Cut & Paste Tactics Import Malware to Unwitting Victims

"ClearFake" and "ClickFix" attackers are tricking people into cutting and pasting malicious PowerShell scripts to infect their own machines with RATs and infostealers.

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Threat actors are using fake browser updates and software fixes to trick users into cutting/copying and pasting PowerShell scripts loaded with various malware strains — including remote access Trojans (RATs) and infostealers — to infect their computers.

Researchers from Proofpoint observed the socially engineered technique employed by initial access broker tracked as TA571, as well as an unidentified actor in the last three months, starting as early as March 1, they revealed in a blog post published June 17.

There appear to be two methods of social engineering used in the activity — one that offers fake browser updates in yet another ClearFake campaign, and the other that delivers error messages related to Word, Google Chrome, and OneDrive dubbed "ClickFix" by the researchers. Malware delivered in the campaign includes the DarkGate and NetSupport RATs, the malware loader Matanbuchus, and various information stealers, including Lumma and Vidar.

"Whether the initial campaign begins via malspam or delivered via web browser injects, the technique is similar," Proofpoint researchers Tommy Madjar, Dusty Miller, Selena Larson, and the Proofpoint Threat Research Team explained in the post.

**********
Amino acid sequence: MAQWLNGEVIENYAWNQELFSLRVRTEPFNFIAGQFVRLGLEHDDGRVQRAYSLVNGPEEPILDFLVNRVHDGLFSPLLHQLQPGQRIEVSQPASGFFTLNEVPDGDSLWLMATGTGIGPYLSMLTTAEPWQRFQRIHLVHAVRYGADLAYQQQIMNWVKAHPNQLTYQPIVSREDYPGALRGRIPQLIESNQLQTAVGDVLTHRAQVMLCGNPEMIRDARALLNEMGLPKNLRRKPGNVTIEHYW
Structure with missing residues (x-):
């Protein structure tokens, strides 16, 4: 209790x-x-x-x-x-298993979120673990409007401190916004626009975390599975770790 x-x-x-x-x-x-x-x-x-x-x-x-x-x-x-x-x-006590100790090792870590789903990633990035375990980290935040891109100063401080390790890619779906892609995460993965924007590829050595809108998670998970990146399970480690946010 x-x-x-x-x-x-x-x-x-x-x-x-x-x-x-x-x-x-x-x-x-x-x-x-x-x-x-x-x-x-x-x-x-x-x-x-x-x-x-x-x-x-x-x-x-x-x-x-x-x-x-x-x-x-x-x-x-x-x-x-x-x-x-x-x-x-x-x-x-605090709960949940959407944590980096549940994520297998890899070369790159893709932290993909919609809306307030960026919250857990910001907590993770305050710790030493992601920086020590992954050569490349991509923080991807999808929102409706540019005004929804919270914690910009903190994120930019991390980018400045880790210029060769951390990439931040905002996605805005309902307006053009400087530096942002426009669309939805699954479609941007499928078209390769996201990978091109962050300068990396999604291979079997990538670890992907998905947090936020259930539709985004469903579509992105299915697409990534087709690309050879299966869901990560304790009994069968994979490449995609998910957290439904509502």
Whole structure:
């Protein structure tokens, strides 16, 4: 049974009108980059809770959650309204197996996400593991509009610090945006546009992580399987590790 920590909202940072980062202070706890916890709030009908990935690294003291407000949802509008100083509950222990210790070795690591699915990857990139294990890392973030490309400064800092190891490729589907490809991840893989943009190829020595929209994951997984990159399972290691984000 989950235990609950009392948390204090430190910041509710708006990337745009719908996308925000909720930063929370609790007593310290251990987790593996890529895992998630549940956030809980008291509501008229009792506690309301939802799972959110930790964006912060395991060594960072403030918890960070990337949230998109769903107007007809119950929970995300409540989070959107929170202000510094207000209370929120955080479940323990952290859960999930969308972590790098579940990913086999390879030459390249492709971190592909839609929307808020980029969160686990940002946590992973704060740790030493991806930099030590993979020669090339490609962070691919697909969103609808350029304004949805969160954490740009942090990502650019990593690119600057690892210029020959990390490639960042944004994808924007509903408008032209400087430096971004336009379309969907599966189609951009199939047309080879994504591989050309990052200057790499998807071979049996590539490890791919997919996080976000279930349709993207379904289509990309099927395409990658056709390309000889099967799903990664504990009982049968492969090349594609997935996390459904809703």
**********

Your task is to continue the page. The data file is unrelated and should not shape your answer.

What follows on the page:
The campaigns show users are a pop-up textbox that suggests an error occurred when trying to open the document or webpage, and further instructions to copy and paste a malicious script into either the PowerShell terminal or the Windows Run dialog box to eventually execute the script via PowerShell, they said.

Attackers use "clever" and "authoritative" social engineering in the fake error messages delivered to users in the campaign, and also "provides both the problem and a solution so that a viewer may take prompt action without pausing to consider the risk," the researchers noted.

The activity reflects a trend among cybercriminals to adopt "increasingly creative attack chains" that ensure the success of campaigns that employ nested PowerShell and other technical tactics that are not easily detected by users, they said.

ClearFake for Malware Delivery

Proofpoint first observed the cut-and-paste technique with a ClearFake campaign in early April as well as "every other ClearFake campaign since then," the researchers noted. ClearFake is a previously identified fake browser update activity cluster that compromises legitimate websites with malicious HTML and JavaScript.  

In the latest campaigns, when a user visited a compromised website, the injection caused the website to load a malicious script hosted on the blockchain via Binance’s Smart Chain contracts, using a technique known as EtherHiding. The initial script then loaded a second script from a domain to eventually present a fake warning warning instructing them to install a "root certificate" to view the website correctly.

The message included instructions to click a button to copy a PowerShell script and then provided steps on how to manually run this script on the victim's computer. If this is done, the user effectively executes the PowerShell by pasting it into the PowerShell command line interface window. Proofpoint observed at least five types of malware being delivered in this way, including the Lumma stealer, Amadey Loader, and JaskaGo.